If your equipment is properly labeled, or you have effectively put the other alarm company on notice that the system or equipment is leased and your property, you could argue that the competitor has converted your property.  Conversion is a tort action [also criminal, but not likely going to be prosecuted] and you can sue the competitor and the subscriber for conversion.  Your damages are likely to be the value of the equipment at time of conversion.  We have argued in these cases that the value should be the fair market value of the installed and working system, which would be considerable higher than used equipment sitting in a box or available for purchase [see The Alarm Exchange for those opportunities].  Sometimes the lawsuits get settled and everyone is more of less content with the outcome.  Going all the way through trial is likely to be a costly endeavor and not worth the effort or expense unless it's very extensive system.  Another way the Standard Form Agreements deals with this issue is providing that all programming remains the property of the alarm company.  Reprogramming a fire alarm system in large building may be costly enough to encourage the subscriber or new owner to stick with you.
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WEBINARS:  Sign up for any or all of the webinars that interest you.
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FREE Webinar Series "All You Need To Know About" alarm industry issues. 
Register for one or all.  Each presentation scheduled for half hour to hour.  Not recorded.
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TitleAll You Need To Know About Alarm dealer program contracts - getting in and getting out
When: March 28,  2017 noon EST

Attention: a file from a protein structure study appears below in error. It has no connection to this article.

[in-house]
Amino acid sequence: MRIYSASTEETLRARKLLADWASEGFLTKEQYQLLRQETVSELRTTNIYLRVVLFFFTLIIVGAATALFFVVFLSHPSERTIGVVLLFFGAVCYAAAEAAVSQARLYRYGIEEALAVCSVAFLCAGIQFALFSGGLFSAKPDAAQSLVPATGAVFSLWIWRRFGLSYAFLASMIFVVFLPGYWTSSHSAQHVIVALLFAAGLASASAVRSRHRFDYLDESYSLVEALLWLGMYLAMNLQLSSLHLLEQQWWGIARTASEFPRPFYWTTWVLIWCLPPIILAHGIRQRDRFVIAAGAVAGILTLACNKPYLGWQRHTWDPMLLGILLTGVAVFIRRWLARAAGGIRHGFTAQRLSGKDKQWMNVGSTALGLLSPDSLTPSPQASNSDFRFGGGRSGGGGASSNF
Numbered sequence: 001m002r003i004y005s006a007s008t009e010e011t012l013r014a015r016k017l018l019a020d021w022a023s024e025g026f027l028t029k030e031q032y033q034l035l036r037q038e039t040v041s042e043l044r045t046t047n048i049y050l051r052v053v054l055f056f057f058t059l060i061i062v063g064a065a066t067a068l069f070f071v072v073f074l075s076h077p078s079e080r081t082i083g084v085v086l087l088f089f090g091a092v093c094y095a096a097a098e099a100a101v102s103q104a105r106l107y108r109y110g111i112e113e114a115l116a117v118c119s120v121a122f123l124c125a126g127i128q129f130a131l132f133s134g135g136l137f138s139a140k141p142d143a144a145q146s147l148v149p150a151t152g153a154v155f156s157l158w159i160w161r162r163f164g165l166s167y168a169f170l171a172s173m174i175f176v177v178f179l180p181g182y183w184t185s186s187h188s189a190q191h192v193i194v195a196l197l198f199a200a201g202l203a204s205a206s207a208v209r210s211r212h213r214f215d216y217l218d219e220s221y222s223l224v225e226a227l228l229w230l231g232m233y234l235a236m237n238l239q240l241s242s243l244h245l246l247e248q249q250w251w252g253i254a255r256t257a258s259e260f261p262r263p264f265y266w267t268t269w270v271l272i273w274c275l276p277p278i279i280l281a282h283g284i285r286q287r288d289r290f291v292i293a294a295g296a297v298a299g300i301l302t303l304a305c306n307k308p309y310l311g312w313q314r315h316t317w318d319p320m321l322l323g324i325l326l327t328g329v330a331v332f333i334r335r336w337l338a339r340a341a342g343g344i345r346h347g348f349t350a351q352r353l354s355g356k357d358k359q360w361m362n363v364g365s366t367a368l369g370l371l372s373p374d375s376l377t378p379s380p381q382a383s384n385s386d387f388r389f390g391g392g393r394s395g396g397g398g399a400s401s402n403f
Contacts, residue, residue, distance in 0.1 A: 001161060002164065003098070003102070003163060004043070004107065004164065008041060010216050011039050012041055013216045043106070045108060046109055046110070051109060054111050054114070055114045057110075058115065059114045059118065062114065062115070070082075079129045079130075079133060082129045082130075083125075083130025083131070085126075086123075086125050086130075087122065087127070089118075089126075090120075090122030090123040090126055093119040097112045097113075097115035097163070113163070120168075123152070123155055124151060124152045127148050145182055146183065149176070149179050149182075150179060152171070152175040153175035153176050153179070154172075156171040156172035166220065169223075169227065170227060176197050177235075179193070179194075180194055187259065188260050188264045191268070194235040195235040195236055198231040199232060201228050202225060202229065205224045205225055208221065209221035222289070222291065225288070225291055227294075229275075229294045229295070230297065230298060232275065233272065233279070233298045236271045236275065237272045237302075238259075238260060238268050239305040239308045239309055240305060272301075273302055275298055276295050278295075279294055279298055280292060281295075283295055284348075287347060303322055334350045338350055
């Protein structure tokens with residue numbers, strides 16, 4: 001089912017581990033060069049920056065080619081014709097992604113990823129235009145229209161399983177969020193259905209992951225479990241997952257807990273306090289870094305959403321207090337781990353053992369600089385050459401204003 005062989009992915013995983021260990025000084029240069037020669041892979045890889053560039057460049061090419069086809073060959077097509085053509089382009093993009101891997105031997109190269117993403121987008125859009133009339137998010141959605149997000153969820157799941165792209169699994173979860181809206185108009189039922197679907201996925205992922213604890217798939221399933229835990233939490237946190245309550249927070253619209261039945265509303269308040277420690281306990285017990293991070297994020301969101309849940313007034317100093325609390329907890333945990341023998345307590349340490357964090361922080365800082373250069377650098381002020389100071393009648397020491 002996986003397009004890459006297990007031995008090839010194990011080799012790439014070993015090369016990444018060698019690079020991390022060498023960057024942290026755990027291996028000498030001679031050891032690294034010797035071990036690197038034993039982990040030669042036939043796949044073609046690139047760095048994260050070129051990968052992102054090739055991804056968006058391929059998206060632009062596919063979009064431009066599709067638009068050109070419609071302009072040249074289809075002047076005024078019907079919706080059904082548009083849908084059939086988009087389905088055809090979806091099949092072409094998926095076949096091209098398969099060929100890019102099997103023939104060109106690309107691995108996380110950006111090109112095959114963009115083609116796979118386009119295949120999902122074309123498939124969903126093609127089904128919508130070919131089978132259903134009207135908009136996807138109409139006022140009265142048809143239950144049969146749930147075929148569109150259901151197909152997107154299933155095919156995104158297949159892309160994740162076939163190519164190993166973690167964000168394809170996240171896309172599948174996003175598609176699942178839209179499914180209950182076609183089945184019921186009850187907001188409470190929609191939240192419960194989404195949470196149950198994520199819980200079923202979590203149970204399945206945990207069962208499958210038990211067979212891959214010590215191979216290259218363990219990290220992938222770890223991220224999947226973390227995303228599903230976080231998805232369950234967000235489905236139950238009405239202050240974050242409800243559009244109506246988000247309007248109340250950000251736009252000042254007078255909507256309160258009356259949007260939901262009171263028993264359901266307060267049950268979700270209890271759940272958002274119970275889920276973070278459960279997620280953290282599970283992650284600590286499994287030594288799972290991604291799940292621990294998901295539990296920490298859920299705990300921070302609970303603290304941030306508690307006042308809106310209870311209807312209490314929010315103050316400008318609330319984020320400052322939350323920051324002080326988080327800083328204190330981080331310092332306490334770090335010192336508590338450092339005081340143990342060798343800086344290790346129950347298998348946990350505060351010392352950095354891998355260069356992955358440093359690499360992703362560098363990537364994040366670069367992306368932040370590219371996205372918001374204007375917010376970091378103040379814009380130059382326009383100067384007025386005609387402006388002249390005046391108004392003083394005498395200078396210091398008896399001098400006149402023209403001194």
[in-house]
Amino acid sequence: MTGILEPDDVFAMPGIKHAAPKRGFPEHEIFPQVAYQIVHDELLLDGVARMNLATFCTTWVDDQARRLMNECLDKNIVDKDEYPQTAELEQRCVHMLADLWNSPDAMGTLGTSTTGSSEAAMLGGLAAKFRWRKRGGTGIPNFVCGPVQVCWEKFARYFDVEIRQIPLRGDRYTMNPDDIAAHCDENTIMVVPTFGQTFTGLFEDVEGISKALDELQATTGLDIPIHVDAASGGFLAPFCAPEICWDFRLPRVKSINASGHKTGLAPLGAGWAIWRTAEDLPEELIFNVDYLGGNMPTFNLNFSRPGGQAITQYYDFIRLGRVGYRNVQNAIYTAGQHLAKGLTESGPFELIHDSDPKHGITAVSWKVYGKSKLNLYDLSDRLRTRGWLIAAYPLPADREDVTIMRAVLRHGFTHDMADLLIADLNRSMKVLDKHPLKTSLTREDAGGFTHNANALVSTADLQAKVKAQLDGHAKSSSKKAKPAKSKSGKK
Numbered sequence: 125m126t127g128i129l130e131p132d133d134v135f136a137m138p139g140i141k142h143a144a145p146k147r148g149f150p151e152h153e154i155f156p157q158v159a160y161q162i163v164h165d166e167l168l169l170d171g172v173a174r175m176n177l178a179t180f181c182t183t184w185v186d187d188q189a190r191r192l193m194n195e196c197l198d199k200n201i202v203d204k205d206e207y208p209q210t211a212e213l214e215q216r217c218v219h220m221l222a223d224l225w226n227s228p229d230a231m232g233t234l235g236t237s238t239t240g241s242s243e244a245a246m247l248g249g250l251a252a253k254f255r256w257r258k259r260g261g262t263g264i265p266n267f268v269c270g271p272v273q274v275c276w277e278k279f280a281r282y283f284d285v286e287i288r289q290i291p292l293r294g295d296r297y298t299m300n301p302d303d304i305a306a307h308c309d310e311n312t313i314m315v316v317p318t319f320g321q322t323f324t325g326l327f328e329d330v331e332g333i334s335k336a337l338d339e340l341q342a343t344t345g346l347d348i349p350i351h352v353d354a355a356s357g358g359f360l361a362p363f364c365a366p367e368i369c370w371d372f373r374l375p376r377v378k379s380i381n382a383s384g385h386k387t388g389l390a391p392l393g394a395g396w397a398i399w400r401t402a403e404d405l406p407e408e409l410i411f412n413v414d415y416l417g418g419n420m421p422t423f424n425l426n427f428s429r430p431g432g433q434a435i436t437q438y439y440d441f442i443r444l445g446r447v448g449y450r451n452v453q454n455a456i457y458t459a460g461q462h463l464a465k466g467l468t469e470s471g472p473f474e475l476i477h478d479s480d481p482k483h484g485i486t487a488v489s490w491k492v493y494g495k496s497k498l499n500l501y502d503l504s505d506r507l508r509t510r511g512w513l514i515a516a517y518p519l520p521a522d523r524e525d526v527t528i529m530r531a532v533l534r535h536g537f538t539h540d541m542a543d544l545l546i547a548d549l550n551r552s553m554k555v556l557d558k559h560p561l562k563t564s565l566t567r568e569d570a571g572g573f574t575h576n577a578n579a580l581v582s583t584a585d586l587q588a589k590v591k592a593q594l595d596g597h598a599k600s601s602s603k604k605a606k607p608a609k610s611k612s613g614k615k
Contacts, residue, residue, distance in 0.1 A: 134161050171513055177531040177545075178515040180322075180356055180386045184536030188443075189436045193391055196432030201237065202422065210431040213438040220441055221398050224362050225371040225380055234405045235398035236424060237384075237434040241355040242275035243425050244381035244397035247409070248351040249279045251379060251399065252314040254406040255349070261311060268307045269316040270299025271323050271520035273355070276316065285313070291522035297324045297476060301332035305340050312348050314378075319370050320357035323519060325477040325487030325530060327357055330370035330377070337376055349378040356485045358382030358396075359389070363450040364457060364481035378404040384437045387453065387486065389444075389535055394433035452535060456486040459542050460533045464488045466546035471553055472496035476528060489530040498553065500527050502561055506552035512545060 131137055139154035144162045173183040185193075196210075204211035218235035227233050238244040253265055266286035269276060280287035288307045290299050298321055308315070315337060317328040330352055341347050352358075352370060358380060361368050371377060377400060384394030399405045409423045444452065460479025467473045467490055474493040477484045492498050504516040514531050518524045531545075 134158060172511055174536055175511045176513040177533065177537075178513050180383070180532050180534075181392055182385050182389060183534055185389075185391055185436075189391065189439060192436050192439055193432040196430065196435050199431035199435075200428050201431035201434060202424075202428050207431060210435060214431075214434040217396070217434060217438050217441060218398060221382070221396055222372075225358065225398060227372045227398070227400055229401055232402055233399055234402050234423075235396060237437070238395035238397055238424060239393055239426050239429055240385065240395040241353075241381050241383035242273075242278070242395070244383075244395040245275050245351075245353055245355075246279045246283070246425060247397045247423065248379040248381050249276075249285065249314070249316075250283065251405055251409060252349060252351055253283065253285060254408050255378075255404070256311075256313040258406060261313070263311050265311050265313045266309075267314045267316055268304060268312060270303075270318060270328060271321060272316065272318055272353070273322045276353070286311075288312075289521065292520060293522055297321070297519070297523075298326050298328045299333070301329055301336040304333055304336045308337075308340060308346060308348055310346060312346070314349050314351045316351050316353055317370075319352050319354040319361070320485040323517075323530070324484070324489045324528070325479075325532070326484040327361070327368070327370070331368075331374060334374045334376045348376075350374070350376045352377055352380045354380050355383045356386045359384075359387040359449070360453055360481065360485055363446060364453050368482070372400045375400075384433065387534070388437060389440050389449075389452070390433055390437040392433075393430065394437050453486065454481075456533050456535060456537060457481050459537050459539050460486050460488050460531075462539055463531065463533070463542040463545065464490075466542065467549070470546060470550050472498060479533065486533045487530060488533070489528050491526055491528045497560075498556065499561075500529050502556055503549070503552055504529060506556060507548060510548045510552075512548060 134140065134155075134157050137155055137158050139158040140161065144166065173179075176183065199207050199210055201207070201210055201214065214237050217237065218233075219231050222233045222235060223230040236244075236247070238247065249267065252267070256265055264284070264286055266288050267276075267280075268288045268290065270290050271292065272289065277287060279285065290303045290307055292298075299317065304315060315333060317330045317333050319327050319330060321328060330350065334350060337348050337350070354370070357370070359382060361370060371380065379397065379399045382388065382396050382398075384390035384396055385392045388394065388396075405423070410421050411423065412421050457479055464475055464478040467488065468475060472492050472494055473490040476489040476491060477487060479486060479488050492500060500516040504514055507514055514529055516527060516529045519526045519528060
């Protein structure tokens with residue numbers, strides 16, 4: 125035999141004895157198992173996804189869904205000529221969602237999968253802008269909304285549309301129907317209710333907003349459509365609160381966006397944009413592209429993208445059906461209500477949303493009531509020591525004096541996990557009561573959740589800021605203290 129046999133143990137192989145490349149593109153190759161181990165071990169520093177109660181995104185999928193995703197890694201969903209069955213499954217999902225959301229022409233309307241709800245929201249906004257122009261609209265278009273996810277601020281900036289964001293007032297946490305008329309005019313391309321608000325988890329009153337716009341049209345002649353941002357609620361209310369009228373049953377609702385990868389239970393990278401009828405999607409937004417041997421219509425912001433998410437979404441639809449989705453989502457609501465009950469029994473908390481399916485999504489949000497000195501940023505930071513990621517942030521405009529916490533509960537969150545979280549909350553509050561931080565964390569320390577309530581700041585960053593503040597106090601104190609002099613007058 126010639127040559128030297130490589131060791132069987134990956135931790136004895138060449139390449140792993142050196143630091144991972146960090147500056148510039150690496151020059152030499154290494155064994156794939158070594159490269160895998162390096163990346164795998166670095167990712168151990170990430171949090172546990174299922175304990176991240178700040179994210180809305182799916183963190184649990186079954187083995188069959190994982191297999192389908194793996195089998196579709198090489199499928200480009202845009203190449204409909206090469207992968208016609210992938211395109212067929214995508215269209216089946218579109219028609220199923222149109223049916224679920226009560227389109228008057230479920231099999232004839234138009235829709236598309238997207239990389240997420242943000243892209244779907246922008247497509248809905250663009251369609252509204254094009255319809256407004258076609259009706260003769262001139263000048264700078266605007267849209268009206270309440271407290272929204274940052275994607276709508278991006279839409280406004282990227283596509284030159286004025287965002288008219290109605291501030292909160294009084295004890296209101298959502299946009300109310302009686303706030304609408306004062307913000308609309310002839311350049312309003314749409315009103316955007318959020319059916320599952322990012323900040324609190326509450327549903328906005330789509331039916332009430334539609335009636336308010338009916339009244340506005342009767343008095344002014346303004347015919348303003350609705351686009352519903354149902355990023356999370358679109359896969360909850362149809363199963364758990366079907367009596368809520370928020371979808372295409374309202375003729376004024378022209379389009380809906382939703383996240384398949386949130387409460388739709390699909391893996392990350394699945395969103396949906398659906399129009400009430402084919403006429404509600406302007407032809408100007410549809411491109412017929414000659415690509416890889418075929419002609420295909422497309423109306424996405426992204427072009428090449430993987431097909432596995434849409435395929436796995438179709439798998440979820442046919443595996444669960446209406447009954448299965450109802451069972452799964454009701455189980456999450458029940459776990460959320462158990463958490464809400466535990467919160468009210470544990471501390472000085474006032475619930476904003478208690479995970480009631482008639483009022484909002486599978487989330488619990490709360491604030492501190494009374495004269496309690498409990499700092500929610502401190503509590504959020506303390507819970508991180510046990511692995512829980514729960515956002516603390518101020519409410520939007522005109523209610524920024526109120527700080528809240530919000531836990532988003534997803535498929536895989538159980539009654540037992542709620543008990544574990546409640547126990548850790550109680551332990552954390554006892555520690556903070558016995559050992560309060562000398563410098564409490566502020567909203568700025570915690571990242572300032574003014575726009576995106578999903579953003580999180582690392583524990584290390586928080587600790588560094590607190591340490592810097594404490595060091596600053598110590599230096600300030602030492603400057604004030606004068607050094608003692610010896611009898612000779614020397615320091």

Where: Your computer for power point, live video and call in on computer or phone
What will be covered: General discussion about honeypots/trappings of dealer program contracts and how difficult they are to get out of. 
Who should attend: Alarm company owners.
Presented by: James Babbitt, Esq. General Counsel, RMR Capital Group jbabbitt@rmr-capital.com; 952 467 8610
Register herehttps://attendee.gotowebinar.com/register/7359323076355955715
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TitleAll You Need To Know About Getting Top Dollar for your  Alarm Business -sale or financing
When: April 11, 2017 noon EST
Where: Your computer for power point, live video and call in on computer or phone
What will be covered: General discussion about how to maximize the value of your alarm business and position yourself for sale or financing
Who should attend: Alarm company owners.
Presented by: Rory Russell, Acquisition Funding Services, www.afssmartfunding.com 888 551 0476
Register here: https://attendee.gotowebinar.com/register/3874048237745402369
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TitleAll You Need to know about Internet security and why is it relevant for the alarm industry 
When: April 25,  2017 noon EST
Where: Your computer for power point, live video and call in on computer or phone
What will be covered: Discussion of securing Internet devices.  Attacks by Mirai and other botnets and disruption to Internet services around the world made possible because of the millions of poorly secured cameras, DVRs and other installed network devices. 
Who should attend: Alarm company owners, general and technical managers
Presented by: Securifi, a leading router and smart home hub company, soon to be offering its own comprehensive Total Security Solution (Monitored Security + IoT Security + Parental Controls + Malware Blocking) to the alarm industry.  Rohit Somani     rohit.somani@securifi.com    855 969 7328  
Register here:  https://attendee.gotowebinar.com/register/6899604070803705091
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Ken Kirschenbaum,Esq
Kirschenbaum & Kirschenbaum PC
Attorneys at Law
200 Garden City Plaza
Garden City, NY 11530
516 747 6700 x 301
ken@kirschenbaumesq.com
516 747 6700
www.KirschenbaumEsq.com